Friday, October 23, 2009

Making my own bed and laying in it

I broke my own rules.

The rules I broke:

  1. Don't do anything twice if you can help it.
  2. Don't take the shortcuts that make it impossible to follow rule #1.
Part of what I do involves doing firedrills on various applications in our production environment. Note that our production environment is full of redundancy, so in theory, when an application goes down, other like-minded applications pick up the slack, giving us time to recover. A typical firedrill goes like this:
  1. Submit a ticket to RT with the subject: [FIREDRILL] Production API is down
  2. Shut down an API instance
  3. Don't panic
  4. Bring up a new API instance via a nice web GUI
  5. Add the API to a load balancer pool
  6. Make sure our alerting system picks up the new instance and shows green
  7. Close out the ticket
Easy, right? I have a list on our internal wiki of all of our applications noting if a particular application is ready to be fully firedrilled and when each has last been firedrilled.

The reality is that not every single application is fully ready for such highly automated recovery. Any application that is not firedrill worthy goes on the scary list, and needs addressing as soon as possible.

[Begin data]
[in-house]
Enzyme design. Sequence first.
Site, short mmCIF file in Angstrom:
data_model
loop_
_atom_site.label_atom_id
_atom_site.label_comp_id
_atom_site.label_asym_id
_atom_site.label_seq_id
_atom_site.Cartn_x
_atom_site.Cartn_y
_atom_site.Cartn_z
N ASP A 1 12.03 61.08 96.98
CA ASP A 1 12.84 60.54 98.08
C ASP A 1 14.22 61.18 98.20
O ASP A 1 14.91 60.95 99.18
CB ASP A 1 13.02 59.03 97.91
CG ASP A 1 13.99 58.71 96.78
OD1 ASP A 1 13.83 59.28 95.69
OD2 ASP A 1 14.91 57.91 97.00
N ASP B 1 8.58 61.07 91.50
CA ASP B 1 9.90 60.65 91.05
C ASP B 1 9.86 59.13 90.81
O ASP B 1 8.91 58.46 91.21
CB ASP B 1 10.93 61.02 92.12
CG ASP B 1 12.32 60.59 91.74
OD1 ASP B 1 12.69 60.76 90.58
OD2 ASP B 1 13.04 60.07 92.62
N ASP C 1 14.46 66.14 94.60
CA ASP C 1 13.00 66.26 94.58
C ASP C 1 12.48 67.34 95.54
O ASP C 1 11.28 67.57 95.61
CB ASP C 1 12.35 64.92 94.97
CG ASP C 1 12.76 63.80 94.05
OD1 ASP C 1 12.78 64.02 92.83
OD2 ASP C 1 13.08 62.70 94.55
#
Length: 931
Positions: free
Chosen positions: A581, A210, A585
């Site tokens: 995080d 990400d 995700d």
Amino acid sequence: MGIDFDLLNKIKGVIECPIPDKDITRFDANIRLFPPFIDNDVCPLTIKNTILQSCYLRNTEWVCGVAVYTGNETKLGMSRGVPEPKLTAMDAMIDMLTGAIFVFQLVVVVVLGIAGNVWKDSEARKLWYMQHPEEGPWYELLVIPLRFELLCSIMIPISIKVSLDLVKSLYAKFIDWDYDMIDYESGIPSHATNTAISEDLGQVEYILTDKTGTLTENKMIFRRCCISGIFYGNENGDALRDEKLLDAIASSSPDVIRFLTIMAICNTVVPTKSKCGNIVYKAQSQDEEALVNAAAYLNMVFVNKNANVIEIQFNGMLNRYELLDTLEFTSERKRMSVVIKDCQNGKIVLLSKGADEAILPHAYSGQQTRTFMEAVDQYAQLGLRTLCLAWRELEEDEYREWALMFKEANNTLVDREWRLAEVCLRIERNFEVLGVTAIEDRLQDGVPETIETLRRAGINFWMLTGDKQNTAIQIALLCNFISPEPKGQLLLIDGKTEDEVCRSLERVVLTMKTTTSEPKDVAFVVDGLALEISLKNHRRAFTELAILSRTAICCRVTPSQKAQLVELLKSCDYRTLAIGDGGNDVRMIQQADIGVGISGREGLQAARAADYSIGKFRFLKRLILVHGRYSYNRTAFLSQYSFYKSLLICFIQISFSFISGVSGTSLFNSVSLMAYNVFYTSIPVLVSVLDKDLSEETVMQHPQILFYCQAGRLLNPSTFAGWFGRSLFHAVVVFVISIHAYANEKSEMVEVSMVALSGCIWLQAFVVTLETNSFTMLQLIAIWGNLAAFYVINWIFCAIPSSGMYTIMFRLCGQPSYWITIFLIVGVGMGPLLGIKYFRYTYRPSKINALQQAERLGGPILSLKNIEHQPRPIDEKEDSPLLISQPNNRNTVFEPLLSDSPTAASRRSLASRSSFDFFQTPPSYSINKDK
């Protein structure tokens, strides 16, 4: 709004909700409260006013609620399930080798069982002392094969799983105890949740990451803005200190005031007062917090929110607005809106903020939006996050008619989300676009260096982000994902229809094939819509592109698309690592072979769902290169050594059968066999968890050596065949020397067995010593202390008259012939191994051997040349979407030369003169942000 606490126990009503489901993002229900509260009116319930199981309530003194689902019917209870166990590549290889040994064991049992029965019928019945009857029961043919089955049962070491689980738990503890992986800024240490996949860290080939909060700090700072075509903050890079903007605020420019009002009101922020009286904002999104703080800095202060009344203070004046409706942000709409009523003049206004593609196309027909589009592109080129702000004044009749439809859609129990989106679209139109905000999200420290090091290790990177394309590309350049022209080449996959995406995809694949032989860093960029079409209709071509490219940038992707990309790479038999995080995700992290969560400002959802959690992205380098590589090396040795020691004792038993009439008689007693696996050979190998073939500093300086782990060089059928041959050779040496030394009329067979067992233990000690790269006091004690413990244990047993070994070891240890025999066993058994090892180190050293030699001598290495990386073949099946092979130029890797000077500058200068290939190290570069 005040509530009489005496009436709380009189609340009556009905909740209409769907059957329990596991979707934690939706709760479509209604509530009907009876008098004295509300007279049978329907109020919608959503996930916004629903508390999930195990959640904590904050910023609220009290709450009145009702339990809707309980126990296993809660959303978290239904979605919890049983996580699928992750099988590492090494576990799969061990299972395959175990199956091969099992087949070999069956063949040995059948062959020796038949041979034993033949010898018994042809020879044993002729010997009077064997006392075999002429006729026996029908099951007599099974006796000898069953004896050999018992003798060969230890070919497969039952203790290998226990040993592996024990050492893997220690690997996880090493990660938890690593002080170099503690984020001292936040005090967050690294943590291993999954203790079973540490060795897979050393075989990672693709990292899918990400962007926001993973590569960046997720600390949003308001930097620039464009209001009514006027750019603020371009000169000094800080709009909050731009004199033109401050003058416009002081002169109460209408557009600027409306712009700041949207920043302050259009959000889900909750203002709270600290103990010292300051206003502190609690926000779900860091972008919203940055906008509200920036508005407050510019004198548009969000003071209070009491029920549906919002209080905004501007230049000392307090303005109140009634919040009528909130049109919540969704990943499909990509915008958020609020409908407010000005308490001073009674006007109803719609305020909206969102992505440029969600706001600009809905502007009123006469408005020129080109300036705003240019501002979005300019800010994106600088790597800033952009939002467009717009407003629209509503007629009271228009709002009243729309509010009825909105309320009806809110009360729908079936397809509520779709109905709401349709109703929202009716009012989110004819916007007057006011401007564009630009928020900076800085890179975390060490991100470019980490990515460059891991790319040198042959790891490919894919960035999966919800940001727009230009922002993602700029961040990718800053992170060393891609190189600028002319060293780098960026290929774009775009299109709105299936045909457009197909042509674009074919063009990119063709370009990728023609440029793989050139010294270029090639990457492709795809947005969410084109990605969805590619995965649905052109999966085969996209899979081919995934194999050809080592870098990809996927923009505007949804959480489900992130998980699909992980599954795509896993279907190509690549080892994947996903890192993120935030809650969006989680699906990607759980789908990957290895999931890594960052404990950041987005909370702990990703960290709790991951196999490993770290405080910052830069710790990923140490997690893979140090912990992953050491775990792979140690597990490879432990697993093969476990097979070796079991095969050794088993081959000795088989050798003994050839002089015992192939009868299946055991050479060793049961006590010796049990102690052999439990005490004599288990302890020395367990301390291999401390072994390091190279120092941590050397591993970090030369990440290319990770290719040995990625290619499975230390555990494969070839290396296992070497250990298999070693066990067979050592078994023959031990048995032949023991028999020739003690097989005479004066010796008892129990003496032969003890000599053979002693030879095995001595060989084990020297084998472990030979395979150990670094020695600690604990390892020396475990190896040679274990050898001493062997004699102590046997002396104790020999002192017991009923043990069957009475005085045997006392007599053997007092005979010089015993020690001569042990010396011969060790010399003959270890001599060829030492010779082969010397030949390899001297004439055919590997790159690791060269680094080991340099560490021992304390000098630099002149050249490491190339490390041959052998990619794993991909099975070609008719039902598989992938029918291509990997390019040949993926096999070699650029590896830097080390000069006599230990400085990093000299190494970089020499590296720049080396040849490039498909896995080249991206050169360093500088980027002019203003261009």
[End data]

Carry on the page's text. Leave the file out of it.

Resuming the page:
Our admin node runs Puppet, builds out RPMs, and has a wonderful GUI called Maestro built by one of our in-house PHP gurus. Maestro lets our engineers leverage Puppet to do their code deployments. Puppet is itself an amazing tool, and the GUI we have sitting on top of it is a big enabler for our engineers. We only run one admin node currently, because we can handle a bit of downtime if the admin node goes down.

When I built out the first iteration of the admin node, things started out well. But soon I took shortcuts. As in, the admin node was never designed to be deployed via Puppet and Maestro at all. Whoops. This goes #1 on the scary list. If the admin node goes completely belly up, it's non-trivial to recover it. So for the past few days, I've been working on building puppet recipes and bootstrapping a new admin node. Now, one might ask, why don't I take a snapshot of the image and call it done? Well, the admin node changes. A lot. And some of those changes have been hacks. By me. So a snapshot of the image might be somewhat helpful, but still doesn't prevent me from having to do a lot of work. But if I build out the right recipes, and make sure that all of the moving parts are either in RPMs or pulled out of our version control system, and make sure that I never hack on the admin node again, disaster recovery becomes simple. Boot up a new instance, get a few packages and files installed, and then tell the node to build itself out, and I'm exactly where I was before the node went down.

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